There are two basic ways in which an individual human being survives a deep personal tragedy, either, he fights over the situation, confronts the grief and overcomes it, or he commits suicide, gives up his/her life, so as to escape the problem forever. History is filled with such men and women, who have taken both the courses. How then are we to explain these two contrasting forces, survival and death, the will to live and the will to give up...

The human instinct to survive is very strong. If we look at history, humans have fought to survive, the vilest and meanest and the cruelest of situations and emerged as winner. I am not saying each individual has emerged, but the human race as a whole has survived. The human beings survived the Ice Age, two World Wars, the Holocaust, and numerous famines, floods, earthquakes, and different natural calamities... but it has each and every time, survived and lived to fight another day. I believe this human spirit of survival is one of the traits we are born with. I know "trait" by definition, is something that has to be learned, but for absence of a better word...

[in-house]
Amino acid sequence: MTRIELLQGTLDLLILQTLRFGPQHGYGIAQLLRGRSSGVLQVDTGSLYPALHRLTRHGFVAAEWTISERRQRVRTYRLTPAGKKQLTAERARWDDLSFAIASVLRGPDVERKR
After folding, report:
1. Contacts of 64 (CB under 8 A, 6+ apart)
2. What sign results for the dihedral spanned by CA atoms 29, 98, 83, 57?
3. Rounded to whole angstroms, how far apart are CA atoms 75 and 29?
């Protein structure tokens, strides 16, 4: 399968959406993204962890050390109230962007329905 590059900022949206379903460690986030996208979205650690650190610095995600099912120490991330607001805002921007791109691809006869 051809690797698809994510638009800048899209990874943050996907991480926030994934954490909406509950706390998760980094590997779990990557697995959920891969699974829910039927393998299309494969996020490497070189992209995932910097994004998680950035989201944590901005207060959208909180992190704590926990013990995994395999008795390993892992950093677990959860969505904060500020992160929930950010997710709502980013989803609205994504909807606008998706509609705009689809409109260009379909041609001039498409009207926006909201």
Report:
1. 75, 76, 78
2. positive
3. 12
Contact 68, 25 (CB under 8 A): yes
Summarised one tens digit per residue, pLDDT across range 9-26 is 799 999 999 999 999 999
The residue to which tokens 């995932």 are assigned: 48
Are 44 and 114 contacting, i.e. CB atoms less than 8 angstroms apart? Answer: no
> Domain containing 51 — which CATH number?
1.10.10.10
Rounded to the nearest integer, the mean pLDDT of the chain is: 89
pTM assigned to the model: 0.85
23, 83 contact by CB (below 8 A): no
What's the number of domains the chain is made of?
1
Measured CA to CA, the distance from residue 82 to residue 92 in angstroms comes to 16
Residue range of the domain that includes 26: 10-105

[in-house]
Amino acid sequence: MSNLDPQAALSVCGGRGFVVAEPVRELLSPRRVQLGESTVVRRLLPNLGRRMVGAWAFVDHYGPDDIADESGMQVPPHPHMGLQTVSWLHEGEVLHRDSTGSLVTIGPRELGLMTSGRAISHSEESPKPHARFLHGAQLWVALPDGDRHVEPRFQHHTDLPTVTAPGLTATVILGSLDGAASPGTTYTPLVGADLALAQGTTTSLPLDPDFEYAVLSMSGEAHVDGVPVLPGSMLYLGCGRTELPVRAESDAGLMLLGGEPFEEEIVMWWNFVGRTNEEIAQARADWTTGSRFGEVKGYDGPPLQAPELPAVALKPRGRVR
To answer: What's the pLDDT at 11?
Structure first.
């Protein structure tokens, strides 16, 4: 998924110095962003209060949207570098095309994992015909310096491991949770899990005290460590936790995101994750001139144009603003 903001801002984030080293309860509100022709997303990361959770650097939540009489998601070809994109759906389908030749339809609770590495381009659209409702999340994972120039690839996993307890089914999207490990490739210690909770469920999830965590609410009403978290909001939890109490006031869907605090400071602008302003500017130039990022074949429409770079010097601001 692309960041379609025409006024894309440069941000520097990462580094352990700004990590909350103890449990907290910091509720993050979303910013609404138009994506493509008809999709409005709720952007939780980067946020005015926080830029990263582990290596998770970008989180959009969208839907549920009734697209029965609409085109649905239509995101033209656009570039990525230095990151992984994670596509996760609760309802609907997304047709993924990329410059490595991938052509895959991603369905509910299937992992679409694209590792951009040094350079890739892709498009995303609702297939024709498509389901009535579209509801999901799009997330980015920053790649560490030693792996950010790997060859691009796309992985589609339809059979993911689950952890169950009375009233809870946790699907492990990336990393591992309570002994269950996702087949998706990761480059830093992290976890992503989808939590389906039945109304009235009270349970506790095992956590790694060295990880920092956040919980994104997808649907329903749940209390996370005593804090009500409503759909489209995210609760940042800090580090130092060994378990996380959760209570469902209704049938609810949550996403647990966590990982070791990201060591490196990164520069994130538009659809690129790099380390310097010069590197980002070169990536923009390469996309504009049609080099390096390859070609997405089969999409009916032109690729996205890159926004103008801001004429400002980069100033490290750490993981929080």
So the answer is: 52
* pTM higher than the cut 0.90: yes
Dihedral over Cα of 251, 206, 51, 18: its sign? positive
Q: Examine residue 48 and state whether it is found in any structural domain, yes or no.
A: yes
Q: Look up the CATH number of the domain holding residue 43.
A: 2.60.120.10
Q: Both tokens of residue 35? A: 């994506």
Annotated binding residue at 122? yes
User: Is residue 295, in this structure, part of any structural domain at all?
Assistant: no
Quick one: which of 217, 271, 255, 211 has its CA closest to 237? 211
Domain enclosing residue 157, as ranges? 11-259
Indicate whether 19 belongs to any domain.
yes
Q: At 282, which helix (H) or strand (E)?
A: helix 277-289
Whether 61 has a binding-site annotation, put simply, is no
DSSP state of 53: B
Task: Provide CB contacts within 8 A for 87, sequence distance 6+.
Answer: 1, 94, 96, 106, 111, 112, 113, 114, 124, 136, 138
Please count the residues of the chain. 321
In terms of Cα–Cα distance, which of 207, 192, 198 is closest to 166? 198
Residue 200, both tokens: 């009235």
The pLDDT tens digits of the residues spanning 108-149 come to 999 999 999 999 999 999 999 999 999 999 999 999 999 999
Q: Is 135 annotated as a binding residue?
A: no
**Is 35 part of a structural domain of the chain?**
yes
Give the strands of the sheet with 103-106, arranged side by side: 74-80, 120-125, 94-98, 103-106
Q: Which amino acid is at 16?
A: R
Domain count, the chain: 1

This utmost urge in human beings to win over odds and come up successful can be seen from evolution itself. Anthropologists speculate that we humans have been on earth for approx. 250,000 years to the present. Of course sharks have outlived us, but we have outlived the dinosaurs..!!! Plus, I have a huge doubt, taking into account the fatalities humans have faced, whether Sharks have faced them or not... So if we are to conclude that we outlived the dinos and sharks haven't faced the same tragedies and challenges as humans on earth have, then I would say, we are the fittest species to outlive the others, aren't we?? What does that say of us... us as a human race, wouldn't you agree, dear readers, that human beings are in essence "survivors".